A statistic that I'm slowly accumulating is the "equity premium", which measures the premium that equities have in relation to 10-year gilts. I obtain an earnings yield by inverting the median PE ratio of the Footsie, and subtracting it from the 10-year gilt yieild (http://on.ft.com/rs7v9i). At the moment, the median PE is 12.07, which is below the historic average. This gives an earnings yield of 8.29%. The gilt yield is 2.42%, so the equity premium is 5.87%.
Despite this suggesting that the Footsie is slightly undervalued, a poster on the yahoo group macgicformulainvesting pointed to a couple of statistics that the market (at least the US stock market) is still expensive.
This is the ratio of the total market value of a firm to its total asset value. According to this link, the historic mean is 0.71, and the current value is 1.01; suggesting the market is currenlty overvalued. I've heard elsewhere that the Q-Ratio (aka Tobin-Q) is not necessarily a particularly reliable predictive statistic, though. The link concludes:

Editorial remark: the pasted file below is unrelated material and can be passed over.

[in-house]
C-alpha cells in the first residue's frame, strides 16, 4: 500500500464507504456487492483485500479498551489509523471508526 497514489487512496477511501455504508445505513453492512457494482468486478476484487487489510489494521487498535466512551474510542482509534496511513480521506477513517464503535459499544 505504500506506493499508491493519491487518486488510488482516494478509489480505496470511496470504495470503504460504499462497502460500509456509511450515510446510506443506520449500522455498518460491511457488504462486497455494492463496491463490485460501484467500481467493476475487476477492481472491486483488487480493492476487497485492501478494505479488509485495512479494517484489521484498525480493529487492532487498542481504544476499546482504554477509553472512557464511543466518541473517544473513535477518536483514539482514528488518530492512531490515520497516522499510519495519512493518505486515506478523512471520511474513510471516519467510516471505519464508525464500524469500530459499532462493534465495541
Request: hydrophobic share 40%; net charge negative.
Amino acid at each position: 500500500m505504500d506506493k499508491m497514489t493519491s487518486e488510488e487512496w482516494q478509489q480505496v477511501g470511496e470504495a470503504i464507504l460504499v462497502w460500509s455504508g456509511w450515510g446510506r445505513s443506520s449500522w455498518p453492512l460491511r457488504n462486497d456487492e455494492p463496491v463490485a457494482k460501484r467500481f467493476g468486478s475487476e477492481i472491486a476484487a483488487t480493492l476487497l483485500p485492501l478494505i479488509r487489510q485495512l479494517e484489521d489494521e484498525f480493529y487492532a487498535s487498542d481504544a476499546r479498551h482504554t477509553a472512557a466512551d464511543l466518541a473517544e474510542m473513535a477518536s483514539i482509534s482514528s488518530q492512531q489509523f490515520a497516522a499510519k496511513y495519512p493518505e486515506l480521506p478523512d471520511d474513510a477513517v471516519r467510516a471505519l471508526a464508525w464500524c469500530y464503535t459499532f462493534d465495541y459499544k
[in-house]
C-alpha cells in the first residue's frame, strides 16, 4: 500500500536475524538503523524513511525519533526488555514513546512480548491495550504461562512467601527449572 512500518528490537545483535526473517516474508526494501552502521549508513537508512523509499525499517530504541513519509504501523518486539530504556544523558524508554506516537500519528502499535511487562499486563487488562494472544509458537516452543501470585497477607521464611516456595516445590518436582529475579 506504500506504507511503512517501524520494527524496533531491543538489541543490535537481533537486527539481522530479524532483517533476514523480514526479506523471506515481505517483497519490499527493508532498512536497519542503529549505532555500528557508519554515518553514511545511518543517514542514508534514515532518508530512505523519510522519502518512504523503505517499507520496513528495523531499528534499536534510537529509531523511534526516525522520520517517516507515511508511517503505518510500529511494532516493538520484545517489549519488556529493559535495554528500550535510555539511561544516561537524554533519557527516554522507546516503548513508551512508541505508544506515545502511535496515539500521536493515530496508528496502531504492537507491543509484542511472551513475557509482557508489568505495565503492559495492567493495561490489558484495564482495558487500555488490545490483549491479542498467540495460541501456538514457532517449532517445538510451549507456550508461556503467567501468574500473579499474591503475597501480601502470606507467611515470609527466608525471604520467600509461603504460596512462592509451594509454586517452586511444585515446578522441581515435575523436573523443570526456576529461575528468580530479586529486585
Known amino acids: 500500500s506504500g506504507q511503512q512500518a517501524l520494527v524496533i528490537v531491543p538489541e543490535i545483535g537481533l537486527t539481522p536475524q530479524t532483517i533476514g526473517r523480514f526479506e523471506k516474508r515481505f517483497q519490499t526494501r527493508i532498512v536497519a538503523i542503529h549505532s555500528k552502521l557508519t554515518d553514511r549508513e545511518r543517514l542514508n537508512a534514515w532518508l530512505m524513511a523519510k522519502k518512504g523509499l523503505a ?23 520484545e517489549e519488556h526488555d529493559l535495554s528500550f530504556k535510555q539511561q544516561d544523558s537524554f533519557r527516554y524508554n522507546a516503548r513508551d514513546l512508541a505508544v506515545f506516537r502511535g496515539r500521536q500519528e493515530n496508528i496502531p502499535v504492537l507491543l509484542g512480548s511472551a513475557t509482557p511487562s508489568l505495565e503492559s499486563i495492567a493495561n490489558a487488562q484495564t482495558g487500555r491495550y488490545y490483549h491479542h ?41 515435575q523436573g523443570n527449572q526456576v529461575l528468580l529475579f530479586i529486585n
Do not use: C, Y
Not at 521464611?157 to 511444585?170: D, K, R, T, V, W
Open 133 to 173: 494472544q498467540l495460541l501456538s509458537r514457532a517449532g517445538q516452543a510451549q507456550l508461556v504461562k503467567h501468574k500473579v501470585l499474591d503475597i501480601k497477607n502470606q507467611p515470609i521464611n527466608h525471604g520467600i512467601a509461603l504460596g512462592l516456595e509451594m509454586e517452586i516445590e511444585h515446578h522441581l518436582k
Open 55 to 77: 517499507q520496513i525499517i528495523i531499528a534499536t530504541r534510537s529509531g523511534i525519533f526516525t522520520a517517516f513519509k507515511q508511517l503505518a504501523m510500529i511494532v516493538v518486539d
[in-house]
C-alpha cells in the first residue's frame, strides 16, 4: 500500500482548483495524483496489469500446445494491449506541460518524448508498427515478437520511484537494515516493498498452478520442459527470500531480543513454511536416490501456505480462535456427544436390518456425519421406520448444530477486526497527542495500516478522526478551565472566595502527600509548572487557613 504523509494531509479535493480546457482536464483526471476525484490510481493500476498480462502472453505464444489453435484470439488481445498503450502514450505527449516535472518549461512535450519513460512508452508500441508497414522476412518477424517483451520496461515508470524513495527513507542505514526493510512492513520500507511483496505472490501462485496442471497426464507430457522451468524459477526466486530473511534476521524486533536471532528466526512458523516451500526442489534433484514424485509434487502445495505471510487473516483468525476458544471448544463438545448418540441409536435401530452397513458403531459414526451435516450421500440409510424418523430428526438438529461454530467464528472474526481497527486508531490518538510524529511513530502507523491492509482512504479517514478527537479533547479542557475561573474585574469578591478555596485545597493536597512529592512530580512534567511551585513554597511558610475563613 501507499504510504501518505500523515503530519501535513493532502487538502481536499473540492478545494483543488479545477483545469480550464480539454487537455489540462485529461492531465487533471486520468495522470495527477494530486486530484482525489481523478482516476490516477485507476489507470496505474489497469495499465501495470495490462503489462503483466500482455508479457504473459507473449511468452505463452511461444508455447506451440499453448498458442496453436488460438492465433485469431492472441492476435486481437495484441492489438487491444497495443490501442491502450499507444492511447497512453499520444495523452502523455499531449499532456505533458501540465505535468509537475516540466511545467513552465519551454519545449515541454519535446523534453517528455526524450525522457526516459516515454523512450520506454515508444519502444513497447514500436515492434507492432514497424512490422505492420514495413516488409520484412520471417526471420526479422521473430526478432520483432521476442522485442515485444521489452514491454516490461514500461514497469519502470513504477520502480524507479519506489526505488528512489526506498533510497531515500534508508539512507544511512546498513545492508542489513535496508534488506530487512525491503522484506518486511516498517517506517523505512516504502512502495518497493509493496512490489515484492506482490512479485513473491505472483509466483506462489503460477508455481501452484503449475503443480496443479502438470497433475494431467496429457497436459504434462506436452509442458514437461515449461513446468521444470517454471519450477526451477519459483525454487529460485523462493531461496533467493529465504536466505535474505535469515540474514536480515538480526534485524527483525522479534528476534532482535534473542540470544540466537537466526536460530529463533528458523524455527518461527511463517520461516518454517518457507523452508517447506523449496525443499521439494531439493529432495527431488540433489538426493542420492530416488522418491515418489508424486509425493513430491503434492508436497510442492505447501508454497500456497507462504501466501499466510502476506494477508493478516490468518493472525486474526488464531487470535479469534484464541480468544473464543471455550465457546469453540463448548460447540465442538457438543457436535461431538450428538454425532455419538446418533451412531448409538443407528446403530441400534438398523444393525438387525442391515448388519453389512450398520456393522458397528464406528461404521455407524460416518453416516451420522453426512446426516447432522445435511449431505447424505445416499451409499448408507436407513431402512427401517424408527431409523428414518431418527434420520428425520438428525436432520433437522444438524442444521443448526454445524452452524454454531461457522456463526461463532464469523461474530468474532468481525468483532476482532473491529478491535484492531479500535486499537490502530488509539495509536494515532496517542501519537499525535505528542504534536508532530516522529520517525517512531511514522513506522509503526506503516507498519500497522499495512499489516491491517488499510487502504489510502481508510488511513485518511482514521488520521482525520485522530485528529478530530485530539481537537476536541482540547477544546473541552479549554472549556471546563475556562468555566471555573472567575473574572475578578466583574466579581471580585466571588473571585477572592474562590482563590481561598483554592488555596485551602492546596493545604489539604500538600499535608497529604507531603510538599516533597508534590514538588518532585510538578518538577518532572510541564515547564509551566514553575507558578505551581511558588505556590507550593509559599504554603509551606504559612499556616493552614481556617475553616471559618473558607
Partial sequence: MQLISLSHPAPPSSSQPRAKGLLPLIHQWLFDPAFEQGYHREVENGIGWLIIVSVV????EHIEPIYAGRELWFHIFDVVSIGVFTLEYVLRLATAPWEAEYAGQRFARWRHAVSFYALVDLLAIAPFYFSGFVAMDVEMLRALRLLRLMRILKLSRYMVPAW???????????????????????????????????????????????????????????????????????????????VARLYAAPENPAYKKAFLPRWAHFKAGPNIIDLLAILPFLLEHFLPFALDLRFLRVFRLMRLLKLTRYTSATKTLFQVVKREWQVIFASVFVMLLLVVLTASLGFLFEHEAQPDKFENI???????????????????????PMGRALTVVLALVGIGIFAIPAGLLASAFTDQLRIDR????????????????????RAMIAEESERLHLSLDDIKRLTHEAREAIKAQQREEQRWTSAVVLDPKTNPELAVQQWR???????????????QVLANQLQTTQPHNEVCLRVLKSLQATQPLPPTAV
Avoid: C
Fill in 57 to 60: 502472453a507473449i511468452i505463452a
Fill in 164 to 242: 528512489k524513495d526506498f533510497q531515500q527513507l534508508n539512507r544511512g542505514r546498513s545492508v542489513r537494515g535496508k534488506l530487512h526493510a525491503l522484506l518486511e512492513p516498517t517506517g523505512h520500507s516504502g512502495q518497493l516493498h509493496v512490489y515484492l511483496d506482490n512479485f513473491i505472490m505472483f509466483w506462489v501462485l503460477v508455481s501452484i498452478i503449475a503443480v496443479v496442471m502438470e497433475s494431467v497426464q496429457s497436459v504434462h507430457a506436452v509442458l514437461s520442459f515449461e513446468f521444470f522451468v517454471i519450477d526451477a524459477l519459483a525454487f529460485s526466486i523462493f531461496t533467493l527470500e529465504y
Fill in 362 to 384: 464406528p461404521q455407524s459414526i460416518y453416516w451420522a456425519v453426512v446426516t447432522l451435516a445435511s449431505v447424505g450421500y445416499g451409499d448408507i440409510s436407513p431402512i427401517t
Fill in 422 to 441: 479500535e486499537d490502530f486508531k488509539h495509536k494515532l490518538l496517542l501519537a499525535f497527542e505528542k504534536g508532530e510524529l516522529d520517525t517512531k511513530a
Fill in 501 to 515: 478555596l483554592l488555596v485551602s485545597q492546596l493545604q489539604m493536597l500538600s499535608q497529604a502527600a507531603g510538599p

The mean-adjusted charts above indicate that the market remains significantly overvalued by historical standards ? by about 42% in the arithmetic-adjusted version and 54% in the geometric-adjusted version.
CAPE (Cyclically Adjusted PE), aka PE10, is a ratio of the price to 10-year average inflation-adjusted earnings. It is a way of adjusting for earnings cycles. According to this link, the PE on a TTM basis is slightly undervalued, but according to the PE10 ratio, it is near the top of the 4th quintile, suggesting an overvaluation.